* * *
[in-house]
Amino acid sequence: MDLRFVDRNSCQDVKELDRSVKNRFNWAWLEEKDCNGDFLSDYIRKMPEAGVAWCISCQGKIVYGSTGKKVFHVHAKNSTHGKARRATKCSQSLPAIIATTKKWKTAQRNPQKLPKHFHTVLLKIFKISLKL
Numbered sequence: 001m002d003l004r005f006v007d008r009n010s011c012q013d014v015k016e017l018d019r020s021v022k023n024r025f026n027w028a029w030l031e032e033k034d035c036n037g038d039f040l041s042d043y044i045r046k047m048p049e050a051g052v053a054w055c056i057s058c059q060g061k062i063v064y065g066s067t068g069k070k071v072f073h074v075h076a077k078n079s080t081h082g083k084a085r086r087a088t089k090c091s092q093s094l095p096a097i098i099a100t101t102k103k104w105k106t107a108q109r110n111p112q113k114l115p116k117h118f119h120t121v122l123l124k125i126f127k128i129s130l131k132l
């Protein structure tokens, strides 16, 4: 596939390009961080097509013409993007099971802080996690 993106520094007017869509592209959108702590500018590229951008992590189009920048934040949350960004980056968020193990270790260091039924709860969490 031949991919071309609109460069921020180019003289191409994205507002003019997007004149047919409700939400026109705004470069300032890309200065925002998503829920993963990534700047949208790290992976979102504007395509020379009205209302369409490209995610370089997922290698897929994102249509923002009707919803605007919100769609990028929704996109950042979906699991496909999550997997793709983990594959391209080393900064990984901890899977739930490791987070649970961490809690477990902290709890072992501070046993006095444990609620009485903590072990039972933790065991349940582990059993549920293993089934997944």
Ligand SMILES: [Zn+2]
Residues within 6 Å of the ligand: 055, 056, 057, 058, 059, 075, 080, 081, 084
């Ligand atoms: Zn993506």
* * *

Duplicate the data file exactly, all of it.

[in-house]
Amino acid sequence: MDLRFVDRNSCQDVKELDRSVKNRFNWAWLEEKDCNGDFLSDYIRKMPEAGVAWCISCQGKIVYGSTGKKVFHVHAKNSTHGKARRATKCSQSLPAIIATTKKWKTAQRNPQKLPKHFHTVLLKIFKISLKL
Numbered sequence: 001m002d003l004r005f006v007d008r009n010s011c012q013d014v015k016e017l018d019r020s021v022k023n024r025f026n027w028a029w030l031e032e033k034d035c036n037g038d039f040l041s042d043y044i045r046k047m048p049e050a051g052v053a054w055c056i057s058c059q060g061k062i063v064y065g066s067t068g069k070k071v072f073h074v075h076a077k078n079s080t081h082g083k084a085r086r087a088t089k090c091s092q093s094l095p096a097i098i099a100t101t102k103k104w105k106t107a108q109r110n111p112q113k114l115p116k117h118f119h120t121v122l123l124k125i126f127k128i129s130l131k132l
């Protein structure tokens, strides 16, 4: 596939390009961080097509013409993007099971802080996690 993106520094007017869509592209959108702590500018590229951008992590189009920048934040949350960004980056968020193990270790260091039924709860969490 031949991919071309609109460069921020180019003289191409994205507002003019997007004149047919409700939400026109705004470069300032890309200065925002998503829920993963990534700047949208790290992976979102504007395509020379009205209302369409490209995610370089997922290698897929994102249509923002009707919803605007919100769609990028929704996109950042979906699991496909999550997997793709983990594959391209080393900064990984901890899977739930490791987070649970961490809690477990902290709890072992501070046993006095444990609620009485903590072990039972933790065991349940582990059993549920293993089934997944």
Ligand SMILES: [Zn+2]
Residues within 6 Å of the ligand: 055, 056, 057, 058, 059, 075, 080, 081, 084
């Ligand atoms: Zn993506």